25 December, 2015

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Allowability of Interest on Borrowings advanced on Interest Free Basis

Allowability of Interest on Borrowings advanced on Interest Free Basis

S. 36(1)(iii): Law on when interest expenditure on loans diverted to sister concerns and directors can be allowed as business expenditure explained

Citation :-  Hero Cycles (P) Ltd vs. CIT (Supreme Court)  | CIVIL APPEAL NO. 514 OF 2008

Facts of the Case and Why Revenue Disallowed the Claim of Interest

The present appeal preferred by the assessee pertains to the Assessment Year 1988-1989. In the income tax return filed by the assessee for the aforesaid Assessment year, the assessee, inter alia, claimed deduction of interest paid on borrowed   sums   from   Bank   under   the   provisions   of   Section 36(1)(iii) of the Income Tax Act (hereinafter referred to as 'Act').     The   aforesaid   deduction   was   disallowed   by   the 
Assessing   Officer   vide   his   Assesssment   Order   dated 26.03.1991 on the following two points: -

(1) The   assessee   had   advanced   a   sum   of Rs.1,16,26,128/- to its subsidiary company known as M/s.
Hero Fibers Limited and this advance did not carry any interest.     According   to   the   Assessing   Officer,   the assessee had borrowed the money from the banks and paid interest thereupon.   Deduction was claimed as business expenditure but substantial money out of the loans taken from the Bank was diverted by giving advance to M/s. Hero Fibres Limited on which no interest was charged by the assessee.  Therefore, he concluded that money borrowed on which interest was paid was not for business purposes and
no deduction could be allowed.


(2) In addition, the assessee had also given advances to its own directors in the sum of Rs. 34 lakhs on which the assessee   charged   from   those   directors   interest   at   the rate   of   10   per   cent,   whereas   interest   payable   on   the money  taken  by  way  of  loans  by  the  assessee  from  the Banks carried interest at the rate of 18 per cent.   On that basis, the Assessing Officer held that charging of interest   at   the   rate   of   10   per   cent   from   the   above mentioned persons and paying interest at much more rate,i.e., at the rate of 18 per cent on the money borrowed by the   assessee   cannot   be   treated   for   the   purposes   of business of the assessee.

CIT (Appeals) & ITAT Set Aside the Demand

The CIT (Appeals) set aside the order of the Assessing Officer holding that the interest   paid   by   the   assessee   of   which   deduction   was claimed,   on   the   facts   of   this   case,   was   for   business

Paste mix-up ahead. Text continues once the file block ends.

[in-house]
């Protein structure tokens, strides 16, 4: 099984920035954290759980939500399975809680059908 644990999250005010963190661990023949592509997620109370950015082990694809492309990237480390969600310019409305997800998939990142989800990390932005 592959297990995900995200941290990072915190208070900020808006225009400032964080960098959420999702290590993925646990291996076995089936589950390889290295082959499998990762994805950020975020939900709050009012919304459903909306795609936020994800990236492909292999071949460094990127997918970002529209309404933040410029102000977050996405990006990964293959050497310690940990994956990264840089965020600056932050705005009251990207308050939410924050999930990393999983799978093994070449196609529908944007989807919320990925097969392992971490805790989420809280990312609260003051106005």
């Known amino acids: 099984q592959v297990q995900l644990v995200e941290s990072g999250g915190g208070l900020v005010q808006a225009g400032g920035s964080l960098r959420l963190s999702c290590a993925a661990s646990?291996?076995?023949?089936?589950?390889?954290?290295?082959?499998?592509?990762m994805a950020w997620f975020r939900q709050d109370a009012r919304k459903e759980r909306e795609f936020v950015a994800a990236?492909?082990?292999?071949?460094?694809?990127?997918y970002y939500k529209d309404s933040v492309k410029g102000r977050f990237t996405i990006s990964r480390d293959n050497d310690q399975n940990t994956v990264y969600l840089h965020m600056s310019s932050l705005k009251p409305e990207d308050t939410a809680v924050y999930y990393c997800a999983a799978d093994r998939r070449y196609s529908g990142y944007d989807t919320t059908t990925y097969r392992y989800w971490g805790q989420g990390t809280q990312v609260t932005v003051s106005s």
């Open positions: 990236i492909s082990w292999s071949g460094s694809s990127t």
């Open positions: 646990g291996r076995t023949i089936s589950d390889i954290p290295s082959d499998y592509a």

purposes   and,   therefore,   the   entire   interest   paid   by   the assessee should have been allowed as business expenditure.


Hon’ble Supreme Court Ruled in Assessee’s Favour

i) Insofar as loans to the sister concern / subsidiary company are concerned, law in this behalf is recapitulated by this Court in the case of ‘S.A. Builders Ltd. v. Commissioner of Income Tax (Appeals) and Another’ [2007 (288) ITR 1 (SC)]. Once it is established that there is nexus between the expenditure and the purpose of business (which need not necessarily be the business of the assessee itself), the Revenue cannot justifiably claim to put itself in the arm-chair of the businessman or in the position of the Board of Directors and assume the role to decide how much is reasonable expenditure having regard to the circumstances of the case.
 
It further held that no businessman can be compelled to maximize his profit and that the income tax authorities must put themselves in the shoes of the assessee and see how a prudent businessman would act. The authorities must not look at the matter from their own view point but that of a prudent businessman.
 
(ii) Applying the aforesaid ratio to the facts of this case as already noted above, it is manifest that the advance to M/s. Hero Fibres Limited became imperative as a business expediency in view of the undertaking given to the financial institutions by the assessee to the effect that it would provide additional margin to M/s. Hero Fibres Limited to meet the working capital for meeting any cash loses. It would also be significant to mention at this stage that, subsequently, the assessee company had off-loaded its share holding in the said M/s. Hero Fibres Limited to various companies of Oswal Group and at that time, the assessee company not only refunded back the entire loan given to M/s. Hero Fibres Limited by the assessee but this was refunded with interest. In the year in which the aforesaid interest was received, same was shown as income and offered for tax.
 
(iii) Insofar as the loans to Directors are concerned, it could not be disputed by the Revenue that the assessee had a credit balance in the Bank account when the said advance of Rs. 34 lakhs was given. Remarkably, as observed by the CIT (Appeal) in his order, the company had reserve/surplus to the tune of almost 15 crores and, therefore, the assessee company could in any case, utilise those funds for giving advance to its Directors.
 
Complete Text of the Judgement is as under:-

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